August 1, 2017

What Could Make 'Atomic Blonde' Better?

"What Could Make this film Better" is an arrogant post that focuses on how featured blockbusters could be made better. What could make Atomic Blonde better?



HEAVY SPOILERS!  HEAVY SPOILERS!


Read our spoiler free review here! 


1. Better Story Structure



John Goodman in 'Atomic Blonde'; Courtesy of Focus Features

Atomic Blonde is a flashback story. Charlize Theron's MI6 agent Lorraine Broughton talks to two higher-ups about the events that unfolded during her time in Berlin. The explanations she gives never really go anywhere. Blonde never tries at storytelling. It's quite noticeable that writer Kurt Johnstad doesn't do much to give the story life except add in an occasional fight or two. After leaving the movie theater you're wanting something more.

Make Broughton tell the story like Kevin Spacy's Verbal Kint in The Usual Suspects. Throw off the audience from the laughable ending. Use Broughton's words to twist and turn the film's narrative structure. Director David Leitch and writer Johnstad miss out on huge opportunities to bring much more of a thrilling mood to the film.  

2. The Ending


Charlize Theron in 'Atomic Blonde'; Courtesy of Focus Features
There's no classic ending when you discover that the main character was a triple-agent the whole time. Broughton is working for MI6, then it's learned that she's working for the Russian's, then at the very end she's actually working for the CIA. Complicated. Blonde doesn't make this seem like a crazy twist either. The scenes unfold hectically until you realize that it may have seemed like Theron didn't even know herself until last minute. She plays one type of character the entire film. Theron never shows herself to be playing the audience as a fool, and it's never shown in flashbacks either.

The perfect twist is when the audience has been given all the clues, but doesn't realize it. Blonde's ending can be seen a mile away. It's quite believable that Broughton is a double-agent working for the Russians. It's way less believable that she was a triple-agent the whole time. At this point the audience is just lost and the twist is forced.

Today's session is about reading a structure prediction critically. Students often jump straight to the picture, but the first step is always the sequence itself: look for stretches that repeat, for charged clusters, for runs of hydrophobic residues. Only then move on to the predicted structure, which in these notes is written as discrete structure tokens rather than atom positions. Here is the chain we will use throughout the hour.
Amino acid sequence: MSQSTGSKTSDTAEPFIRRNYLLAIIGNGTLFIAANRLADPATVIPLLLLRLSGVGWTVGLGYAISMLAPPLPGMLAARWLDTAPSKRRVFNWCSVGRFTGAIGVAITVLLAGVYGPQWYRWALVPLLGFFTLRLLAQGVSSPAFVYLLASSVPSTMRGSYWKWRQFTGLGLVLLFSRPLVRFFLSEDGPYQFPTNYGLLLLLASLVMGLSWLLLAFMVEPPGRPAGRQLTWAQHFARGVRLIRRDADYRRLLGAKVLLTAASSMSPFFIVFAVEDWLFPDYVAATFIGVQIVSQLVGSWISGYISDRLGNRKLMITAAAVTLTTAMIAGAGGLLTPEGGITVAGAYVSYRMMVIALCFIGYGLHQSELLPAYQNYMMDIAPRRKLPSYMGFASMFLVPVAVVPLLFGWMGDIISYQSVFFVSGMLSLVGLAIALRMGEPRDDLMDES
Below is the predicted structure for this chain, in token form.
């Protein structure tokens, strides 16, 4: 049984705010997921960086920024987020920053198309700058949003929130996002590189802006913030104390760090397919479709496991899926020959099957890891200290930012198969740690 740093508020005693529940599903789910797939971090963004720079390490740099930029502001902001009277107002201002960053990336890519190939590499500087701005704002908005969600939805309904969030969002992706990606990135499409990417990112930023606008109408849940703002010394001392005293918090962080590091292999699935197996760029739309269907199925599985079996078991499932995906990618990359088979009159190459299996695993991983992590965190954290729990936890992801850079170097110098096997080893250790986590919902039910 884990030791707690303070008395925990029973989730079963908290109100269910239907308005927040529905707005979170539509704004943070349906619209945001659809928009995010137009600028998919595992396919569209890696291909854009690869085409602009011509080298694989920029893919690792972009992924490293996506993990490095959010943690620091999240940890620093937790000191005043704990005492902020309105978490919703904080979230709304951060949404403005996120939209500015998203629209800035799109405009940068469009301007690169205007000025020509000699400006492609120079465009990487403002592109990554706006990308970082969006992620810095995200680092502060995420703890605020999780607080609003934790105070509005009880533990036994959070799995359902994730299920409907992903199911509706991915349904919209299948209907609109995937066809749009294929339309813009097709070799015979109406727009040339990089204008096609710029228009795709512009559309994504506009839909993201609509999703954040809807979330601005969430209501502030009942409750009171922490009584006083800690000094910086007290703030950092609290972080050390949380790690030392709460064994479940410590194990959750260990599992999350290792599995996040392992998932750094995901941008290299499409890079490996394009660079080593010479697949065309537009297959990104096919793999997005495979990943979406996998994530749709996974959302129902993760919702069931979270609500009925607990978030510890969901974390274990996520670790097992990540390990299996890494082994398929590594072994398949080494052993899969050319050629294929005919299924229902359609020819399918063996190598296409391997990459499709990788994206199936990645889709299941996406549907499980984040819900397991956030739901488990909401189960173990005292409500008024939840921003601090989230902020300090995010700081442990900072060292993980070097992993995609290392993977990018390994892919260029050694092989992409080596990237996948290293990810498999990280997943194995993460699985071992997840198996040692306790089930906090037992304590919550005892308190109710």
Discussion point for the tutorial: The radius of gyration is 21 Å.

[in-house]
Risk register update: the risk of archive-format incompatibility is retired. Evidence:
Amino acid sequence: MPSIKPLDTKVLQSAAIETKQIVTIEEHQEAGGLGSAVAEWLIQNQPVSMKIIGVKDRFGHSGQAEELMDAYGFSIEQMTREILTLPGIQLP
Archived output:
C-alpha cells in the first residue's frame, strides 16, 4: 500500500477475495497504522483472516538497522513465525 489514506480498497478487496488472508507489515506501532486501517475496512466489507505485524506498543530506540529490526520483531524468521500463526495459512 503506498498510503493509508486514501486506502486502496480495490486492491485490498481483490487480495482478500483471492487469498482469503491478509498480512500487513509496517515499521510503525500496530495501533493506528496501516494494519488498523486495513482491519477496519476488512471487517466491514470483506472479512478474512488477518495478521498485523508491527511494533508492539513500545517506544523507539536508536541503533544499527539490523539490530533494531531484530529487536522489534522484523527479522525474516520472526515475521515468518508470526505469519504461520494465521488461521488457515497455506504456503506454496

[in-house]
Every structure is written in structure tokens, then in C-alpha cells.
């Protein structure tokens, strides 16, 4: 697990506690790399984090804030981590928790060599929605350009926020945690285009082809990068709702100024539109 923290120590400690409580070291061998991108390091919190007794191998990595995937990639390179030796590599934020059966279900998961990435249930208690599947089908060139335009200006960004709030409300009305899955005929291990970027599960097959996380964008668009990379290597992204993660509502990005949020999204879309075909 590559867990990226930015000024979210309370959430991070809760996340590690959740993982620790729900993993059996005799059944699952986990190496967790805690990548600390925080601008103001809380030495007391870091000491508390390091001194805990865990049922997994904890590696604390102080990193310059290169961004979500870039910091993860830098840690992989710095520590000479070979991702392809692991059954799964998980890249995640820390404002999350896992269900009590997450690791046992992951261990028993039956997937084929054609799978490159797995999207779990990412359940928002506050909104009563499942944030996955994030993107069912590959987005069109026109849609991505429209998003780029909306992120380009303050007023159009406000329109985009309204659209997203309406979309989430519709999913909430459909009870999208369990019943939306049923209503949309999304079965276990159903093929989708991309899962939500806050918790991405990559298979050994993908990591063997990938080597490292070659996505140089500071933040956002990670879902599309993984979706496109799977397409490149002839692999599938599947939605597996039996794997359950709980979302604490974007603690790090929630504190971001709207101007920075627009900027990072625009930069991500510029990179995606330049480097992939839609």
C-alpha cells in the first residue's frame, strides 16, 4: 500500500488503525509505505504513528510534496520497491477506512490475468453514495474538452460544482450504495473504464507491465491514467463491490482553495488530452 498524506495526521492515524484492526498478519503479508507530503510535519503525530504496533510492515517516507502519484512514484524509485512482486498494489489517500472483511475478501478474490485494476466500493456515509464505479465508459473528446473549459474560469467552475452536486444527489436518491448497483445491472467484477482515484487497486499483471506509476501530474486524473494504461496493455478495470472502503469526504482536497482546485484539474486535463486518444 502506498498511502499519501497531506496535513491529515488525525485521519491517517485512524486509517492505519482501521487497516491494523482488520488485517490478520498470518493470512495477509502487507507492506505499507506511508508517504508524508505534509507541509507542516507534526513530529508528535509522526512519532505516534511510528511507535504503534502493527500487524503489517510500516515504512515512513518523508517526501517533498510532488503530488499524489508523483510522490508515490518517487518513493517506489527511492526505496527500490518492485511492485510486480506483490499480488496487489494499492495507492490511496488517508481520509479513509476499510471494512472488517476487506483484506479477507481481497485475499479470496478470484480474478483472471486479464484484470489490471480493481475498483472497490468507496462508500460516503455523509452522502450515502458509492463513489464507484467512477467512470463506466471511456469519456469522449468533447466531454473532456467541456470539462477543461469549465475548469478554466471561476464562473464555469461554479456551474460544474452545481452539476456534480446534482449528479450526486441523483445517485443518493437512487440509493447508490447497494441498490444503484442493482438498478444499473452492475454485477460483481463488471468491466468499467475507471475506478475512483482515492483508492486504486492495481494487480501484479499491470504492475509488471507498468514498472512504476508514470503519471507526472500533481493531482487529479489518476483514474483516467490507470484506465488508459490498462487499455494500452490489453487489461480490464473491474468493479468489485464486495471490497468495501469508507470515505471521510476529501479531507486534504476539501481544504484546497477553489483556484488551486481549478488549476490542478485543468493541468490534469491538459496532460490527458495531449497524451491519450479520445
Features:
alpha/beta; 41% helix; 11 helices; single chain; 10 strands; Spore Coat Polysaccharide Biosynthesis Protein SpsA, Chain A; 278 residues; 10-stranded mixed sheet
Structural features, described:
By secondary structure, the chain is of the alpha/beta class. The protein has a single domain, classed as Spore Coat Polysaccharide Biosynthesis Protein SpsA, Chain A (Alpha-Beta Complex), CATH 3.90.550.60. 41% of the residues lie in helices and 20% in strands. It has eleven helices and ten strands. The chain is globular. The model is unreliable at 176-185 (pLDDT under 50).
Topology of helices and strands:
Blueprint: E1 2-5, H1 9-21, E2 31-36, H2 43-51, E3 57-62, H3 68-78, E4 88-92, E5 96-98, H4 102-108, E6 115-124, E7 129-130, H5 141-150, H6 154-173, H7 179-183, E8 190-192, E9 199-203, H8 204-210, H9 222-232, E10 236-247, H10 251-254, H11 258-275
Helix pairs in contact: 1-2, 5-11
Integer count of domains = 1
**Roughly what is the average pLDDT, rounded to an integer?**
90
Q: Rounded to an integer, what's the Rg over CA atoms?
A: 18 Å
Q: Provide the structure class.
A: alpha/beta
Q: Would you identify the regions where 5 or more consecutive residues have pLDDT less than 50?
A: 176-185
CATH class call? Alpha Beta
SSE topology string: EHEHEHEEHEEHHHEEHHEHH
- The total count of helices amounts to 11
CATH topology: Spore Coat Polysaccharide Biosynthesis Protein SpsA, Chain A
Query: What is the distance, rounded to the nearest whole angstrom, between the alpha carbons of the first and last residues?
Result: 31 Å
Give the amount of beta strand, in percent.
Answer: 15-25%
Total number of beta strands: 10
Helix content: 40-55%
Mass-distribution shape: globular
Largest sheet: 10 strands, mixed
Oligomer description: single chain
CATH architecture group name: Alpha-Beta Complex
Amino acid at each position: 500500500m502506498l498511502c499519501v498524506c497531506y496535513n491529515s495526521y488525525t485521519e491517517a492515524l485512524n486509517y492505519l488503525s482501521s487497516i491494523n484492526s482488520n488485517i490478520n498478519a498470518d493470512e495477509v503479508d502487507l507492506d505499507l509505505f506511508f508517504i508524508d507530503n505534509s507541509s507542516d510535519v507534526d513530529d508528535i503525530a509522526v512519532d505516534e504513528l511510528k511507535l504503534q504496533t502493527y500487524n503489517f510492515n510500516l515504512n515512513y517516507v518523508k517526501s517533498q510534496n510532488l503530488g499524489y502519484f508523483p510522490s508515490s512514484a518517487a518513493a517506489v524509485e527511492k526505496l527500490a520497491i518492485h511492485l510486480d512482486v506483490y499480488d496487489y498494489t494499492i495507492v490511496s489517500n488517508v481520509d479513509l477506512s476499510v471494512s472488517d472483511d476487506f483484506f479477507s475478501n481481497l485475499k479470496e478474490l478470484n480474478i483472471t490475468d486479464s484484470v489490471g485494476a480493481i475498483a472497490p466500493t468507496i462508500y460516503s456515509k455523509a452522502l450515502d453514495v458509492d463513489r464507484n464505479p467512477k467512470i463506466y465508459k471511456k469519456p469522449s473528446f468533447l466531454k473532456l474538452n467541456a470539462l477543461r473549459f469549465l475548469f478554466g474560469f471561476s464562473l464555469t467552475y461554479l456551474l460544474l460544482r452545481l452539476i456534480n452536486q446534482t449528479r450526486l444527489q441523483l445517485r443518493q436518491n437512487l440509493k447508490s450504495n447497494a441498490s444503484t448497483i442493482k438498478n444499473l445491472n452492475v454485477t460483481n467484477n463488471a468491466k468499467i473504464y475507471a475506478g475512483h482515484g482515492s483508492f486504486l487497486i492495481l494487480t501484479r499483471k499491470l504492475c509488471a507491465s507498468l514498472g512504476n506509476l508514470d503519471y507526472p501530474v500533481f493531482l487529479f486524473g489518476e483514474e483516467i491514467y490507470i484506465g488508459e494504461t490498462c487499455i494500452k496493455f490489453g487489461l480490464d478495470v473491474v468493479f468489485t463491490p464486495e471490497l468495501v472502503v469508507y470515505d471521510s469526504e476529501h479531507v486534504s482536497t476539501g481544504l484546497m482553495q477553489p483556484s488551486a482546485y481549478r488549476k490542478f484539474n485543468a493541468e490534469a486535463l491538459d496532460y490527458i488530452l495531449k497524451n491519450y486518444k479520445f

3. Make It Great, Not Run-of-the-Mill



Courtesy Focus Features

It may not seem like it, but Atomic Blonde is just like every other female action movie. She falls under the same pitfalls as well. Broughton gets beat up more than her male counterparts; like the female has to take a bigger beating in order to prove that she can hold her own. The fist fights in Blonde are 80 percent of Theron's Broughton getting her ass kicked and 20 percent her succeeding. There are dozens of better films that have females kicking ass (Colombiana, Underworld, The Heat, G.I. Jane, Salt). Heck, even Charlie's Angels has more female empowerment than Atomic Blonde

Theron is great at action. The film definitely has some great moments, but Atomic Blonde should not get overly recognized as some grand pinnacle of female achievement. It's simply an okay film with a main character who happens to be female. Theron doesn't open the door to a new movement in film. She is just part of the noise of female action films. If anything, give praise to Pam Grier, Angelina Jolie, and Sigourney Weaver for getting that movement going in American cinema. If you look closely enough at Atomic Blonde you notice that the creators have to exploit every part of Theron for the film to sell (lesbian sex scene, Theron's naked body multiple times, proof that she can hold her own). Let's also make her an alcoholic just like Bond. That'll seal the deal. Former NBA champion and current columnist with The Hollywood Report, Kareem Abdul-Jabbar has a wonderful article on Hollywood's glamorization of binge-drinking in female led films. Hollywood needs to really look at creating female action films that don't all focus on drinking, sex, and nudity.